The key risk faced by bond markets is a sudden fall in prices.
If the European economy continues to improve at the current pace, the QE program could be scaled down to 40.0 billion euros per month.
In this cycle of expansion after the great recession, the Fed has started the process of monetary tightening.
Since the beginning of the global financial recession, bond markets have remained subdued as interest rates in major economies remained close to zero.
The British pound (FXB) was one of the worst performers in the week ending August 18.
The US bond markets (BND) turned volatile (VXX) in the week ending August 18 but remained close to their August 11 close.
The US Dollar Index (UUP) managed to recover some of the losses it saw in the last few weeks.
In its June meeting, FOMC (Federal Open Market Committee) members detailed plans to shrink the $4.5 trillion balance sheet.
FOMC members noted that labor market conditions have continued to strengthen since their last meeting in June.
Members of the FOMC (Federal Open Market Committee) attributed the recent slowdown in inflation growth to idiosyncratic factors.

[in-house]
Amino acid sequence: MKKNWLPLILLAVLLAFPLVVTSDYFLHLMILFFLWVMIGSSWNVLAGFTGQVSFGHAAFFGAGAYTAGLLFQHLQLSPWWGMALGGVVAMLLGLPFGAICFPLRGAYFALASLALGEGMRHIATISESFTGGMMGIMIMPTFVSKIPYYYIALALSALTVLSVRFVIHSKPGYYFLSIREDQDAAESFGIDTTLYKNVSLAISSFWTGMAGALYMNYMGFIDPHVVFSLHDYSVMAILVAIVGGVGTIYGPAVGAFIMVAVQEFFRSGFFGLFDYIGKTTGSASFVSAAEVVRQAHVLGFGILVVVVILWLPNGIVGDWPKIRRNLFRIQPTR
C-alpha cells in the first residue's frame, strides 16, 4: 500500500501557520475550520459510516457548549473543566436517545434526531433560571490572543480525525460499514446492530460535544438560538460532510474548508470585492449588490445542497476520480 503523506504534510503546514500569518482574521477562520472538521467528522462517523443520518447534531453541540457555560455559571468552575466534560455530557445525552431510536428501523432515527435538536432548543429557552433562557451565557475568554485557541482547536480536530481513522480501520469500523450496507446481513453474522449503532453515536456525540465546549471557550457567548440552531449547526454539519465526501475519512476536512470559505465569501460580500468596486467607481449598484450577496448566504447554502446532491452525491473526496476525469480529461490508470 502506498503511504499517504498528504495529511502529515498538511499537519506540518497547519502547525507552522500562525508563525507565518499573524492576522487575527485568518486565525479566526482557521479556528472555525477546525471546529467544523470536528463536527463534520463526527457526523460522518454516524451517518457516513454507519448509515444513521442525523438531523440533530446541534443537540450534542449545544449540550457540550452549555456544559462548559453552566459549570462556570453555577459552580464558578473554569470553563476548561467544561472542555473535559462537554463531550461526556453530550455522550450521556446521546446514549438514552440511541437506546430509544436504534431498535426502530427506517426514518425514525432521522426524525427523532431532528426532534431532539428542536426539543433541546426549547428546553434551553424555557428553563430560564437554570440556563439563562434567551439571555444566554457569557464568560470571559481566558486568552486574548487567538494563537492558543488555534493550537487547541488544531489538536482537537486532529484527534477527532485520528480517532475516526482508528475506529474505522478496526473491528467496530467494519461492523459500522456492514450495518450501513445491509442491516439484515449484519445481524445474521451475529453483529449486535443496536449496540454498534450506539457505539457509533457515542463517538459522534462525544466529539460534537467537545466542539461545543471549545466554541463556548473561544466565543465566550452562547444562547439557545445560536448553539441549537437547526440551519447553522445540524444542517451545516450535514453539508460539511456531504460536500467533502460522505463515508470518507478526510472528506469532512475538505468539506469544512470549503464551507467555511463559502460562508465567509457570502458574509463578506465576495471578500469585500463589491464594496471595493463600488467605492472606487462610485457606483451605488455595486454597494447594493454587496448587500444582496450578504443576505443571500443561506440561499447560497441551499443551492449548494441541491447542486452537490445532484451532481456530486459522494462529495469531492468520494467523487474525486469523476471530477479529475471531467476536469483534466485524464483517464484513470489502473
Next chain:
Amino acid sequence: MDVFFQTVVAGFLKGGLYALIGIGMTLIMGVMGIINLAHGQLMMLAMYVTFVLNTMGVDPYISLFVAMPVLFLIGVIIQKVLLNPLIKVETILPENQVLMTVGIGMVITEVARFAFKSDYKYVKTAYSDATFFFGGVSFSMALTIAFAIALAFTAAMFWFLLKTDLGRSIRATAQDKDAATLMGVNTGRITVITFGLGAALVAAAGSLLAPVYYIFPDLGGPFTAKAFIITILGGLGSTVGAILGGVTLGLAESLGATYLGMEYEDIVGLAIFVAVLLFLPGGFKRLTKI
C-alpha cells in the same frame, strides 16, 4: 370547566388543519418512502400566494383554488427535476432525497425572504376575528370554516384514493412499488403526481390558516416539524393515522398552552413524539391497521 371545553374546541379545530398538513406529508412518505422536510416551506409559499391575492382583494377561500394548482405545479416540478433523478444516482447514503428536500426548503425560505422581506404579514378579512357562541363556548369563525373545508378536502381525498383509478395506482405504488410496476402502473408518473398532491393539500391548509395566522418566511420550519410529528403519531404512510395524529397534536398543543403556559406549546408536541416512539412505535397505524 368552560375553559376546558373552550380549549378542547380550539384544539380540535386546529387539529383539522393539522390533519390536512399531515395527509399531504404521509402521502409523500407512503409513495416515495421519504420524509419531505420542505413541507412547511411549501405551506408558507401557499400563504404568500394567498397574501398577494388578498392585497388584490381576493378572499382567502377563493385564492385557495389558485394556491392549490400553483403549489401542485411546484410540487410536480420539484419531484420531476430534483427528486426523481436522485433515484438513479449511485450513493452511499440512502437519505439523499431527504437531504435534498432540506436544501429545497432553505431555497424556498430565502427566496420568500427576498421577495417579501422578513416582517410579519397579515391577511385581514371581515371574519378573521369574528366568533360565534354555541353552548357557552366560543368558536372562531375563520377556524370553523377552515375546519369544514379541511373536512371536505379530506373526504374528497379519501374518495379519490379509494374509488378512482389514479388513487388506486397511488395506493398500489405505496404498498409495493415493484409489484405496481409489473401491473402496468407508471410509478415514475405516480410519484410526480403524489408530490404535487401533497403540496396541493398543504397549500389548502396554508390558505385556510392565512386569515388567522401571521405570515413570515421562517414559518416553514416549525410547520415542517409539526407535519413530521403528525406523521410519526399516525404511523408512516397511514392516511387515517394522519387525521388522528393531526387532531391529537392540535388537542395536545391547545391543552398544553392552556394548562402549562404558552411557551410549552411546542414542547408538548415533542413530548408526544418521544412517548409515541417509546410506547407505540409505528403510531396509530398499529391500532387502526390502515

In his speech on August 10, New York Fed President William Dudley joined the group of FOMC members to ease concerns about slowing inflation (TIP).
The retail sales report for July was released by the United States Census Bureau on August 15. According to the report, US retail sales were $478.9 billion.
US bond markets (BND) rallied in the previous week as tensions between the US and North Korea escalated.
Bonds, especially U.S. Treasuries (GOVT), are considered one of the safest assets in which to park your funds in times of uncertainty.
For investors seeking income from municipal bond exposure, one of the most popular investment strategies employed by individual investors has been one of the least successful strategies—the bond ladder. It’s…
Greenspan cites rapid inflation growth as the reason for a bond market collapse. But the markets and Fed officials think otherwise.
Fundamentally, bonds (AGG) are a discount instrument and are generally never expected to be in a bubble. Let’s see why that’s the case.
In his interview on the Bloomberg channel on July 31, 2017, former Fed chair Alan Greenspan rang alarm bells about the bond market (BND) being in a bubble.
Alan Greenspan believes that interest rates in the United States and globally are too low and might have to be increased too quickly in the future.
The US Dollar Index started this week on a stable note. After pulling back on Wednesday, it’s trading with strength in the early hours on Thursday.